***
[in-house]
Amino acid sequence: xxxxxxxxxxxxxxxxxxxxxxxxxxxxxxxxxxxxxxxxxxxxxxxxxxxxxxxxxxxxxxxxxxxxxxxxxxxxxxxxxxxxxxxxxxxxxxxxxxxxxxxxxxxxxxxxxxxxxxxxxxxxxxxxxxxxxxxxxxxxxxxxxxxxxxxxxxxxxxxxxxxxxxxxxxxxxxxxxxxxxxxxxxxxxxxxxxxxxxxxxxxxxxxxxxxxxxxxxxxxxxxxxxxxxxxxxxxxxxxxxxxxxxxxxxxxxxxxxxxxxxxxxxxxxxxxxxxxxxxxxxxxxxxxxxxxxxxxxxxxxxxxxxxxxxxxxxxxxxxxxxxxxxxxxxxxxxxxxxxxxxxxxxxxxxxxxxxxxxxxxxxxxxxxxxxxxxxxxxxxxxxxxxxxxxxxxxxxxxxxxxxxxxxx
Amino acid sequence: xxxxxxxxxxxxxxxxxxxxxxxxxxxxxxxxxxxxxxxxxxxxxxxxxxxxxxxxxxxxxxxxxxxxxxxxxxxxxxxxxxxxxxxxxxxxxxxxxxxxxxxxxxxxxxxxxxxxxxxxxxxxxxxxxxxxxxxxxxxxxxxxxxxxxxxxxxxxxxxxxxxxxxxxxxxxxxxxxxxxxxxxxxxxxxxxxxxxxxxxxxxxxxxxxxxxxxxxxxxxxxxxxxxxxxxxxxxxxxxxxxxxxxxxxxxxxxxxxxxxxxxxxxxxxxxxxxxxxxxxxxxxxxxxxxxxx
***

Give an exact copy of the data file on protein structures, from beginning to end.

[in-house]
Amino acid sequence: xxxxxxxxxxxxxxxxxxxxxxxxxxxxxxxxxxxxxxxxxxxxxxxxxxxxxxxxxxxxxxxxxxxxxxxxxxxxxxxxxxxxxxxxxxxxxxxxxxxxxxxxxxxxxxxxxxxxxxxxxxxxxxxxxxxxxxxxxxxxxxxxxxxxxxxxxxxxxxxxxxxxxxxxxxxxxxxxxxxxxxxxxxxxxxxxxxxxxxxxxxxxxxxxxxxxxxxxxxxxxxxxxxxxxxxxxxxxxxxxxxxxxxxxxxxxxxxxxxxxxxxxxxxxxxxxxxxxxxxxxxxxxxxxxxxxxxxxxxxxxxxxxxxxxxxxxxxxxxxxxxxxxxxxxxxxxxxxxxxxxxxxxxxxxxxxxxxxxxxxxxxxxxxxxxxxxxxxxxxxxxxxxxxxxxxxxxxxxxxxxxxxxxxx
Amino acid sequence: xxxxxxxxxxxxxxxxxxxxxxxxxxxxxxxxxxxxxxxxxxxxxxxxxxxxxxxxxxxxxxxxxxxxxxxxxxxxxxxxxxxxxxxxxxxxxxxxxxxxxxxxxxxxxxxxxxxxxxxxxxxxxxxxxxxxxxxxxxxxxxxxxxxxxxxxxxxxxxxxxxxxxxxxxxxxxxxxxxxxxxxxxxxxxxxxxxxxxxxxxxxxxxxxxxxxxxxxxxxxxxxxxxxxxxxxxxxxxxxxxxxxxxxxxxxxxxxxxxxxxxxxxxxxxxxxxxxxxxxxxxxxxxxxxxxxx